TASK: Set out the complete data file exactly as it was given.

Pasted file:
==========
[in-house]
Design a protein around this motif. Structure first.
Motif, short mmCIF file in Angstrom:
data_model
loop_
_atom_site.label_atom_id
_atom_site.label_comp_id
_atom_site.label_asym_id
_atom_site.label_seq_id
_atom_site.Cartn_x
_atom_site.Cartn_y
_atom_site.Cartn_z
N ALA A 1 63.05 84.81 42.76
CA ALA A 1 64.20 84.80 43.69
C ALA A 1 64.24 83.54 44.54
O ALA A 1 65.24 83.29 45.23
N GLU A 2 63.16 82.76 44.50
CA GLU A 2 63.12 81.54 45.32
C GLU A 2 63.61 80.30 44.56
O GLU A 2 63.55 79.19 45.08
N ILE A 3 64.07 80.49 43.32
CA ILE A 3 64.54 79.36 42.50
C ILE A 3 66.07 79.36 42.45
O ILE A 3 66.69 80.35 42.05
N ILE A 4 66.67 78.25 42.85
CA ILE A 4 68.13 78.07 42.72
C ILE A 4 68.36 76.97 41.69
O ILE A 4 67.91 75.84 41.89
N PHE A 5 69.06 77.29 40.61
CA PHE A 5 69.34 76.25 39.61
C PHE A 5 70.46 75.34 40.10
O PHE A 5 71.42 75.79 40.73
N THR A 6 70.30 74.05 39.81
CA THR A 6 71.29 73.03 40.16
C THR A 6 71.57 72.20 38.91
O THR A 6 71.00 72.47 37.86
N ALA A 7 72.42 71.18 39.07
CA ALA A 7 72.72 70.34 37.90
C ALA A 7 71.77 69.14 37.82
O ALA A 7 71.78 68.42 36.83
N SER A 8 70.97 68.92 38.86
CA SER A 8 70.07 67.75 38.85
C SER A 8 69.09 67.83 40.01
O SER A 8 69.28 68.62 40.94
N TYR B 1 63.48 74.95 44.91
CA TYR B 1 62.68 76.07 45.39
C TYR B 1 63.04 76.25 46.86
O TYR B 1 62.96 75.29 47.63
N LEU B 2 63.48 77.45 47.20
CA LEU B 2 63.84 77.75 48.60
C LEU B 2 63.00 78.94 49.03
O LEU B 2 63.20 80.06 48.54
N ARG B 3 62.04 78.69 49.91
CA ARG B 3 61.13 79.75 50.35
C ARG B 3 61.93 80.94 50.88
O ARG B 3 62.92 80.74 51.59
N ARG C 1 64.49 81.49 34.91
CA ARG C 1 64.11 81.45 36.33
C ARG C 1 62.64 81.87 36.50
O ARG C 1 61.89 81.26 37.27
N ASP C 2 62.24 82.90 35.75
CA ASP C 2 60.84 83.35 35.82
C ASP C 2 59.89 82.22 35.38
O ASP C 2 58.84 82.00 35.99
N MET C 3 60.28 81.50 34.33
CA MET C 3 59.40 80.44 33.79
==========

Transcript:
[in-house]
Design a protein around this motif. Structure first.
Motif, short mmCIF file in Angstrom:
data_model
loop_
_atom_site.label_atom_id
_atom_site.label_comp_id
_atom_site.label_asym_id
_atom_site.label_seq_id
_atom_site.Cartn_x
_atom_site.Cartn_y
_atom_site.Cartn_z
N ALA A 1 63.05 84.81 42.76
CA ALA A 1 64.20 84.80 43.69
C ALA A 1 64.24 83.54 44.54
O ALA A 1 65.24 83.29 45.23
N GLU A 2 63.16 82.76 44.50
CA GLU A 2 63.12 81.54 45.32
C GLU A 2 63.61 80.30 44.56
O GLU A 2 63.55 79.19 45.08
N ILE A 3 64.07 80.49 43.32
CA ILE A 3 64.54 79.36 42.50
C ILE A 3 66.07 79.36 42.45
O ILE A 3 66.69 80.35 42.05
N ILE A 4 66.67 78.25 42.85
CA ILE A 4 68.13 78.07 42.72
C ILE A 4 68.36 76.97 41.69
O ILE A 4 67.91 75.84 41.89
N PHE A 5 69.06 77.29 40.61
CA PHE A 5 69.34 76.25 39.61
C PHE A 5 70.46 75.34 40.10
O PHE A 5 71.42 75.79 40.73
N THR A 6 70.30 74.05 39.81
CA THR A 6 71.29 73.03 40.16
C THR A 6 71.57 72.20 38.91
O THR A 6 71.00 72.47 37.86
N ALA A 7 72.42 71.18 39.07
CA ALA A 7 72.72 70.34 37.90
C ALA A 7 71.77 69.14 37.82
O ALA A 7 71.78 68.42 36.83
N SER A 8 70.97 68.92 38.86
CA SER A 8 70.07 67.75 38.85
C SER A 8 69.09 67.83 40.01
O SER A 8 69.28 68.62 40.94
N TYR B 1 63.48 74.95 44.91
CA TYR B 1 62.68 76.07 45.39
C TYR B 1 63.04 76.25 46.86
O TYR B 1 62.96 75.29 47.63
N LEU B 2 63.48 77.45 47.20
CA LEU B 2 63.84 77.75 48.60
C LEU B 2 63.00 78.94 49.03
O LEU B 2 63.20 80.06 48.54
N ARG B 3 62.04 78.69 49.91
CA ARG B 3 61.13 79.75 50.35
C ARG B 3 61.93 80.94 50.88
O ARG B 3 62.92 80.74 51.59
N ARG C 1 64.49 81.49 34.91
CA ARG C 1 64.11 81.45 36.33
C ARG C 1 62.64 81.87 36.50
O ARG C 1 61.89 81.26 37.27
N ASP C 2 62.24 82.90 35.75
CA ASP C 2 60.84 83.35 35.82
C ASP C 2 59.89 82.22 35.38
O ASP C 2 58.84 82.00 35.99
N MET C 3 60.28 81.50 34.33
CA MET C 3 59.40 80.44 33.79